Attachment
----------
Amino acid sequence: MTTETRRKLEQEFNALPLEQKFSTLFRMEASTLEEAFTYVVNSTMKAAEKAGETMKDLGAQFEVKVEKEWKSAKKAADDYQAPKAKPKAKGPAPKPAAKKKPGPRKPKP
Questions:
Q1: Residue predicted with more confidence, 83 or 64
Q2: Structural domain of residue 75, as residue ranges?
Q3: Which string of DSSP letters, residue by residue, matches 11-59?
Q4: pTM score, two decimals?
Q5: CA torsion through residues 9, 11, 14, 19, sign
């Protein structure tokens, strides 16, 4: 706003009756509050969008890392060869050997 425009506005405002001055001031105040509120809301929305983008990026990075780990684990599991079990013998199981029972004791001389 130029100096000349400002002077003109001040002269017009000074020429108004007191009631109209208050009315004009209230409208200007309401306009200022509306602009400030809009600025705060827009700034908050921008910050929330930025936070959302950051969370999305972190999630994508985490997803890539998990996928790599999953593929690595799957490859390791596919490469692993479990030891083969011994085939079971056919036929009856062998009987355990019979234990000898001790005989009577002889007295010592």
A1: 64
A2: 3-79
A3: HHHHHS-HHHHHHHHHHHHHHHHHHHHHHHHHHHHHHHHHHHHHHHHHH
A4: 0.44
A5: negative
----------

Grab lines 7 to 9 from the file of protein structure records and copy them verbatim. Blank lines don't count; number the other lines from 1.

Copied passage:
Q5: CA torsion through residues 9, 11, 14, 19, sign
């Protein structure tokens, strides 16, 4: 706003009756509050969008890392060869050997 425009506005405002001055001031105040509120809301929305983008990026990075780990684990599991079990013998199981029972004791001389 130029100096000349400002002077003109001040002269017009000074020429108004007191009631109209208050009315004009209230409208200007309401306009200022509306602009400030809009600025705060827009700034908050921008910050929330930025936070959302950051969370999305972190999630994508985490997803890539998990996928790599999953593929690595799957490859390791596919490469692993479990030891083969011994085939079971056919036929009856062998009987355990019979234990000898001790005989009577002889007295010592």
A1: 64